Combating Disinformation

HEAL is an international group of multidisciplinary professionals and survivors dedicated to building health care’s capacity to respond to trafficking. QAnon has used social media to rampantly spread disinformation about child trafficking to millions of Americans through social media and sparked hundreds of rallies across the country using the hashtag #SaveTheChildren. As a public health-focused, evidence-based, survivor-informed anti-trafficking organization, HEAL stands against this disinformation and the subsequent harm it does to those who have experienced human trafficking and those who are at risk of being trafficked.

Trafficking is a nuanced, multidimensional crime of economics and power.  As individuals fighting to end trafficking, we must educate ourselves on the root causes and address the multitude of issues at their source.

What can health professionals and health systems do to protect those in your communities from trafficking?

We know that the majority of trafficked persons access health care while being trafficked. We also recognize that health systems have large spheres of influence in local and global communities.

Health professionals can:

Health systems can:

    • develop policies to respond to those who have experienced labor and sex trafficking
    • post information about trafficking exploitation and worker rights
    • evaluate their purchasing power and demand supply chain transparency from the companies health systems buy from
    • pay their workers a living wage

Health systems and health professionals can:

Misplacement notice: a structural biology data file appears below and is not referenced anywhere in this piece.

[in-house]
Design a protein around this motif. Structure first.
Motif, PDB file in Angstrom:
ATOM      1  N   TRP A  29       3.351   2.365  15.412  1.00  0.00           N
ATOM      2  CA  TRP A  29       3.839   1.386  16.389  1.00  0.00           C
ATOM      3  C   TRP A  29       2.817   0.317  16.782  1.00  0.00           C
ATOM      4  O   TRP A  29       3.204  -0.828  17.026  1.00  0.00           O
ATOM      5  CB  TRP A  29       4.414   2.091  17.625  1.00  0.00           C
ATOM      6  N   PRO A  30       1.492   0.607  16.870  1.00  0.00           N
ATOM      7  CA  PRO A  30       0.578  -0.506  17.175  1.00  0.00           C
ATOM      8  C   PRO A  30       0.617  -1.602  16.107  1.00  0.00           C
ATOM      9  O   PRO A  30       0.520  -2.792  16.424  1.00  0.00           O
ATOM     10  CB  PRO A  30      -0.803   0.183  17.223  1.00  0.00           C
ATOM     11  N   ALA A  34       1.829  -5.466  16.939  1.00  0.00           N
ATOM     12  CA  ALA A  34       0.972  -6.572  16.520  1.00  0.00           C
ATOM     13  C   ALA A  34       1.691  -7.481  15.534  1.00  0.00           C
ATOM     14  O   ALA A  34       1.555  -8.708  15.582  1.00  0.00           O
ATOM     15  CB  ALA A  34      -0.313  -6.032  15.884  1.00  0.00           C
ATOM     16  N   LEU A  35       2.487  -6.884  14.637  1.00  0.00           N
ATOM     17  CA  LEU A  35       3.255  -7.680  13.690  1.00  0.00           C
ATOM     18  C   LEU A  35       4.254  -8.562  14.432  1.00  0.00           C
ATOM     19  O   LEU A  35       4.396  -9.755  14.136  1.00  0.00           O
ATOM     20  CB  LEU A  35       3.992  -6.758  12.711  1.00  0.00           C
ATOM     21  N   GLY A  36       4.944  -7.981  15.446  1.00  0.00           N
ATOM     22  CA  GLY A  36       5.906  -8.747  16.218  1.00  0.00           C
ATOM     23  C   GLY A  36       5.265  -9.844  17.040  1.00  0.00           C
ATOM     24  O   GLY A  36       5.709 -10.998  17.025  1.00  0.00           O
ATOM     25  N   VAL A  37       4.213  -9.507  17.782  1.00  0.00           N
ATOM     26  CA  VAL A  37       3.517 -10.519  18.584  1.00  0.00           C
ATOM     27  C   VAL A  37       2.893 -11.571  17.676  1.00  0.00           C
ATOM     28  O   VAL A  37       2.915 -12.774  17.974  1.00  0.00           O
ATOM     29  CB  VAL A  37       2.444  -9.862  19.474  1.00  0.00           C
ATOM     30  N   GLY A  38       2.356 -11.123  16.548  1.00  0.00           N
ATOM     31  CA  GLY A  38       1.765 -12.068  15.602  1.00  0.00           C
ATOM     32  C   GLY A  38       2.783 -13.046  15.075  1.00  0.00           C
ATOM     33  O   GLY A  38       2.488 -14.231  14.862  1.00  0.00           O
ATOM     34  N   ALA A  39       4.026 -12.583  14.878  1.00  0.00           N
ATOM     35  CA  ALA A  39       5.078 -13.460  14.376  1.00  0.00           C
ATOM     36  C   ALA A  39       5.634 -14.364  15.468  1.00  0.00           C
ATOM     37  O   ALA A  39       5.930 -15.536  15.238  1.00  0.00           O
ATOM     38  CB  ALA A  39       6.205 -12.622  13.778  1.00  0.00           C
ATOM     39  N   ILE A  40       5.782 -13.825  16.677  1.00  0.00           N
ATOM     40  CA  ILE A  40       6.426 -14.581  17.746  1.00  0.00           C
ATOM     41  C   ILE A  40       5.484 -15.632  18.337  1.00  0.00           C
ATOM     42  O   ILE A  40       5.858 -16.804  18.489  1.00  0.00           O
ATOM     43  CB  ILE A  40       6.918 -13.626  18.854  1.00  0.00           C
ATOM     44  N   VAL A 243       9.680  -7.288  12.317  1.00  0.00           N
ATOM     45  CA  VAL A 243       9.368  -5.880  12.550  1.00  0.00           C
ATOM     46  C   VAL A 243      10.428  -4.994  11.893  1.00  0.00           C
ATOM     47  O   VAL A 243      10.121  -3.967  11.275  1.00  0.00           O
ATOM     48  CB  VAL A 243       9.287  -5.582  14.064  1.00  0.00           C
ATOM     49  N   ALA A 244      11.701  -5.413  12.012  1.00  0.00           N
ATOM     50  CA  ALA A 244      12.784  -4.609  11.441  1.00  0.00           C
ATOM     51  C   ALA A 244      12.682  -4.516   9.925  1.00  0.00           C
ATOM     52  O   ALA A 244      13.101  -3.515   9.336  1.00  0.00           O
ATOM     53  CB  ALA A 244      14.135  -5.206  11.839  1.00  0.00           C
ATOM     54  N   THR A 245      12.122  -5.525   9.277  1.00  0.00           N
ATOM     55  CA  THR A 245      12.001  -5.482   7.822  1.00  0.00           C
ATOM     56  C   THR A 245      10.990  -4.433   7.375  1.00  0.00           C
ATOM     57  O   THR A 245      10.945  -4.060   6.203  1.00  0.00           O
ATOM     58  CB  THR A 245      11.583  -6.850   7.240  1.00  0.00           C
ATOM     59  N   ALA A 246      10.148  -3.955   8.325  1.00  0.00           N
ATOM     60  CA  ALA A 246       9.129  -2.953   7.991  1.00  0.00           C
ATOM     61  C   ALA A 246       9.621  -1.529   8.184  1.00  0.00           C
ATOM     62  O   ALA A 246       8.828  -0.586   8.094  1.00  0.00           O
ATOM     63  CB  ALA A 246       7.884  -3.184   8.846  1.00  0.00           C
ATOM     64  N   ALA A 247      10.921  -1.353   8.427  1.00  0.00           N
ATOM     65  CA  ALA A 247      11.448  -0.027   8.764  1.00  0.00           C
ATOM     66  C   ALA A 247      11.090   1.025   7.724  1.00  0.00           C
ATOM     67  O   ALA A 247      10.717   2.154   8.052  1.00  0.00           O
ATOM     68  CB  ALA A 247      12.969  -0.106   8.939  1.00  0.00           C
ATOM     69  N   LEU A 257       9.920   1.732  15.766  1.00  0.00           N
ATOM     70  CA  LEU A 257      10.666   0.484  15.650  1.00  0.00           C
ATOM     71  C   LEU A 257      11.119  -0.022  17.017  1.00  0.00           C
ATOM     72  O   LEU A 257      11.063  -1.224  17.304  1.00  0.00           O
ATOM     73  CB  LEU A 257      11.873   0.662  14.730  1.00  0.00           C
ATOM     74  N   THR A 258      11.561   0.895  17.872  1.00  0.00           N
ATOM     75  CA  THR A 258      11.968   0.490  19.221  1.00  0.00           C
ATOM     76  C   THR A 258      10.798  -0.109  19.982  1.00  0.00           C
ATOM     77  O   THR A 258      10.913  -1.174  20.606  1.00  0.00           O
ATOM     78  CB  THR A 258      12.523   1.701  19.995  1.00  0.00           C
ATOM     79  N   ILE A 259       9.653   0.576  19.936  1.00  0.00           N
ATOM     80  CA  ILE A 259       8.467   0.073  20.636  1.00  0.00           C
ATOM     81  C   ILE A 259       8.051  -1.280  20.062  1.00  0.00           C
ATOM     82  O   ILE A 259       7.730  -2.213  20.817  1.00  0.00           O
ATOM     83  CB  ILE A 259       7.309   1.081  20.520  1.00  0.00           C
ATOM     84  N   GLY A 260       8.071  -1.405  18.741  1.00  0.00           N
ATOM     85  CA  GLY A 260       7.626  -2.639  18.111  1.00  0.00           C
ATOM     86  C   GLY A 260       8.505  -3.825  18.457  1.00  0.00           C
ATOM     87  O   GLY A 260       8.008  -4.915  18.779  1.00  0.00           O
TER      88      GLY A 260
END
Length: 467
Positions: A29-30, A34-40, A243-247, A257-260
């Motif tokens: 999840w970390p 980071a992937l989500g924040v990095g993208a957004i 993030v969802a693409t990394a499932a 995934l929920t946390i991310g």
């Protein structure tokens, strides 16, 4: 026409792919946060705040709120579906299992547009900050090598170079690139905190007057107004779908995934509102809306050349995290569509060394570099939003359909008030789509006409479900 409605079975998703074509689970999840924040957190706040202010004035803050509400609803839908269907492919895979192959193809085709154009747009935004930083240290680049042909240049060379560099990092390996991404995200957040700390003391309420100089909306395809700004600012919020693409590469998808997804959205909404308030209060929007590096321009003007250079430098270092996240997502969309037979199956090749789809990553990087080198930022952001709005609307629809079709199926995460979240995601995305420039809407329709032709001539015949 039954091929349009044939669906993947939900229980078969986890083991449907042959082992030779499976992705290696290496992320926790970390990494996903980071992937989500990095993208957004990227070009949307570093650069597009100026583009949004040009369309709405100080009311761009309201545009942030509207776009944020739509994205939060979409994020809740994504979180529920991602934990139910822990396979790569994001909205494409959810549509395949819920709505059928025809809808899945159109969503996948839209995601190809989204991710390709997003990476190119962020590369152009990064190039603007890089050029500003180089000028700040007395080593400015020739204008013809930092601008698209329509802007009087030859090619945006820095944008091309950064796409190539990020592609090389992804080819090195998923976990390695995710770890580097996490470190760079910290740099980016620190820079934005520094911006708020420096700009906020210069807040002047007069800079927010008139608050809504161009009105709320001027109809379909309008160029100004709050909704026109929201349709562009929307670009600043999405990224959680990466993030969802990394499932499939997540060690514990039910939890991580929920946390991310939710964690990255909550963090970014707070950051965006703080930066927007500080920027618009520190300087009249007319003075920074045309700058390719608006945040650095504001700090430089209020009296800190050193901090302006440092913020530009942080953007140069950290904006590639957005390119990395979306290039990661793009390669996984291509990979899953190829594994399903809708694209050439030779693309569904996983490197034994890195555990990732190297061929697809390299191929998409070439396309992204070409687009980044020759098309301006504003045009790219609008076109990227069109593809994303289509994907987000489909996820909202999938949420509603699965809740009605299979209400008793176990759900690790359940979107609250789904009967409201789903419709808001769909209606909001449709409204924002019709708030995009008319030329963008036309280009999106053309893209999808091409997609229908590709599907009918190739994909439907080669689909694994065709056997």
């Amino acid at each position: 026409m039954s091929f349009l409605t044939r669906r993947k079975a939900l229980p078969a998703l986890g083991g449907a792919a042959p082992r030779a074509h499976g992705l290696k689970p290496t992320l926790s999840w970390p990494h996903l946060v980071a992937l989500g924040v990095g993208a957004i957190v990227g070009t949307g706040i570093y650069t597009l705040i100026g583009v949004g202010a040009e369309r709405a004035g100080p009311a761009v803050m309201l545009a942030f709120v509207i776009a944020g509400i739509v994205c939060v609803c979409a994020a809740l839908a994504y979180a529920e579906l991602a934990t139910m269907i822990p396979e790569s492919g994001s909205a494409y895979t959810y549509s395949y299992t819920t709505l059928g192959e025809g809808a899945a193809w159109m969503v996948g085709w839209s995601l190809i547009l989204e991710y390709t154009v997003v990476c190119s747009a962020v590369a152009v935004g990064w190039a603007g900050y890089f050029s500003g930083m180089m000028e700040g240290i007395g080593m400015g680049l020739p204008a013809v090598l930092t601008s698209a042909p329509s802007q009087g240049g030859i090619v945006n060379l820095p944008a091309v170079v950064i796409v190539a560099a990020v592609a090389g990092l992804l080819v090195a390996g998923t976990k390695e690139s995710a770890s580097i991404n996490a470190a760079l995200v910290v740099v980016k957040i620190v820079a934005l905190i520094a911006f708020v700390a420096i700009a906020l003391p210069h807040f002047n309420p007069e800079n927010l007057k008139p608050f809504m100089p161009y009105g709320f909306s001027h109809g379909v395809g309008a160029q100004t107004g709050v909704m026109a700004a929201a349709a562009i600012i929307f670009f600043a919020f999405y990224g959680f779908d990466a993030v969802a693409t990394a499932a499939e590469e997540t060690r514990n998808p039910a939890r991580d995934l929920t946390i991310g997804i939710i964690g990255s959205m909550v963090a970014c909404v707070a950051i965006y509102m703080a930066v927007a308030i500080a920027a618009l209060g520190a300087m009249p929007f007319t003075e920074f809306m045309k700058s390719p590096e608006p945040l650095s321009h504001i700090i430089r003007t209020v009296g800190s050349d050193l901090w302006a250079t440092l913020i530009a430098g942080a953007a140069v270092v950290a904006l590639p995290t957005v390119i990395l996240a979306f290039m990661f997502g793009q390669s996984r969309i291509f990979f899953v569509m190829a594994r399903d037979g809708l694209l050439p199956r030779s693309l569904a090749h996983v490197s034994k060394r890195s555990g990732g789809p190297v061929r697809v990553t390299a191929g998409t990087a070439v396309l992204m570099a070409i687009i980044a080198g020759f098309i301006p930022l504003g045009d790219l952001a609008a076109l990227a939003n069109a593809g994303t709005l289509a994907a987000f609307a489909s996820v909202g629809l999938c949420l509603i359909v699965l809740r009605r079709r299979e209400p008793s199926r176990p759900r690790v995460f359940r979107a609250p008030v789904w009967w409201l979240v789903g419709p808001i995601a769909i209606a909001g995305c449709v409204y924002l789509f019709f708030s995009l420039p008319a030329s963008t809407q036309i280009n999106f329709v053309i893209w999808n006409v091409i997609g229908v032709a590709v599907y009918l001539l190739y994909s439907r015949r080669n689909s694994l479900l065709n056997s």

• advocate for policies that address systemic vulnerabilities of children to both labor and sex trafficking
    • advocate for more housing, social, legal and employment support for survivors and vulnerable individuals
    • advocate for an end to discriminatory practices against immigrants and communities of color
    • seek information from survivor-led organizations, including the National Survivor Network and the Survivor Alliance

Avoid or be skeptical of web sites and posts:

    • that use sensationalist language or imagery in their discussion of human trafficking.
      • examples of sensationalist and misleading imagery include:  “Victims” who are tied up, or chained or otherwise physically restrained
    • that describe complex conspiracies, including famous or well-known figures in politics or entertainment and/or large numbers of people victimized by total strangers
    • that can be traced back to organizations that promote or promulgate racial, ethnic or religious stereotypes
    • from organizations that claim to “rescue” or “set free” individuals in trafficking situations

 

HEAL Trafficking provides a multitude of free resources to those working in the anti-trafficking and health care fields. To support a world HEALed of trafficking, donate here.

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